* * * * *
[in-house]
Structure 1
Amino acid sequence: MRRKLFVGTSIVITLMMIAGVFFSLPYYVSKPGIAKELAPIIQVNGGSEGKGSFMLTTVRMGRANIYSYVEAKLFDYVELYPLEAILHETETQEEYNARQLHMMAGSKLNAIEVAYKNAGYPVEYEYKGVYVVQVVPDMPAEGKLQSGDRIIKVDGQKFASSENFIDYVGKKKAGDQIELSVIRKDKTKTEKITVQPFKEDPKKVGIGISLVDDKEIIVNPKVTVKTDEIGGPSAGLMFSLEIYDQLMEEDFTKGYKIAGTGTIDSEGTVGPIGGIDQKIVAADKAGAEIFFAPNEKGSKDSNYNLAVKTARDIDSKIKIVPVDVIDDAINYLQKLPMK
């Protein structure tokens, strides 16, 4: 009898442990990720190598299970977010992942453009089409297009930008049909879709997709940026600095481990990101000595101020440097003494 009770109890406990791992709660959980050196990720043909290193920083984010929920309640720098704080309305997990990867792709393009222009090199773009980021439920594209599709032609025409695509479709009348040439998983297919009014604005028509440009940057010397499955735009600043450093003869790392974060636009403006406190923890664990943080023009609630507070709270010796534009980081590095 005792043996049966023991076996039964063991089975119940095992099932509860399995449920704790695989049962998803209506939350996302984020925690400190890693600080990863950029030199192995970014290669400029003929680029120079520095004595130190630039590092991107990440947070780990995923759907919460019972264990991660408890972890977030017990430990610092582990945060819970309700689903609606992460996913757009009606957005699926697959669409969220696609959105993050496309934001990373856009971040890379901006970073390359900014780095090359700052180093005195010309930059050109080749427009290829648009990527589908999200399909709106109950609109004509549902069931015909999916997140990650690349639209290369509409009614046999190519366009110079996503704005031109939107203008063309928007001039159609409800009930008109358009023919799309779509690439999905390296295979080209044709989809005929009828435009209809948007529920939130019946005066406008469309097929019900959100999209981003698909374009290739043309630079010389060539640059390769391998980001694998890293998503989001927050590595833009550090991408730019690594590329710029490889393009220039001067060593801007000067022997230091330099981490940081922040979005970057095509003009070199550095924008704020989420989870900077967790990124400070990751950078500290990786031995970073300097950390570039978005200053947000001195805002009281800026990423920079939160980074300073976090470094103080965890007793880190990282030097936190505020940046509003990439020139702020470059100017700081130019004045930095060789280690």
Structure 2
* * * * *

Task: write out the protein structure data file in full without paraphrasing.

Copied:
[in-house]
Structure 1
Amino acid sequence: MRRKLFVGTSIVITLMMIAGVFFSLPYYVSKPGIAKELAPIIQVNGGSEGKGSFMLTTVRMGRANIYSYVEAKLFDYVELYPLEAILHETETQEEYNARQLHMMAGSKLNAIEVAYKNAGYPVEYEYKGVYVVQVVPDMPAEGKLQSGDRIIKVDGQKFASSENFIDYVGKKKAGDQIELSVIRKDKTKTEKITVQPFKEDPKKVGIGISLVDDKEIIVNPKVTVKTDEIGGPSAGLMFSLEIYDQLMEEDFTKGYKIAGTGTIDSEGTVGPIGGIDQKIVAADKAGAEIFFAPNEKGSKDSNYNLAVKTARDIDSKIKIVPVDVIDDAINYLQKLPMK
């Protein structure tokens, strides 16, 4: 009898442990990720190598299970977010992942453009089409297009930008049909879709997709940026600095481990990101000595101020440097003494 009770109890406990791992709660959980050196990720043909290193920083984010929920309640720098704080309305997990990867792709393009222009090199773009980021439920594209599709032609025409695509479709009348040439998983297919009014604005028509440009940057010397499955735009600043450093003869790392974060636009403006406190923890664990943080023009609630507070709270010796534009980081590095 005792043996049966023991076996039964063991089975119940095992099932509860399995449920704790695989049962998803209506939350996302984020925690400190890693600080990863950029030199192995970014290669400029003929680029120079520095004595130190630039590092991107990440947070780990995923759907919460019972264990991660408890972890977030017990430990610092582990945060819970309700689903609606992460996913757009009606957005699926697959669409969220696609959105993050496309934001990373856009971040890379901006970073390359900014780095090359700052180093005195010309930059050109080749427009290829648009990527589908999200399909709106109950609109004509549902069931015909999916997140990650690349639209290369509409009614046999190519366009110079996503704005031109939107203008063309928007001039159609409800009930008109358009023919799309779509690439999905390296295979080209044709989809005929009828435009209809948007529920939130019946005066406008469309097929019900959100999209981003698909374009290739043309630079010389060539640059390769391998980001694998890293998503989001927050590595833009550090991408730019690594590329710029490889393009220039001067060593801007000067022997230091330099981490940081922040979005970057095509003009070199550095924008704020989420989870900077967790990124400070990751950078500290990786031995970073300097950390570039978005200053947000001195805002009281800026990423920079939160980074300073976090470094103080965890007793880190990282030097936190505020940046509003990439020139702020470059100017700081130019004045930095060789280690």
Structure 2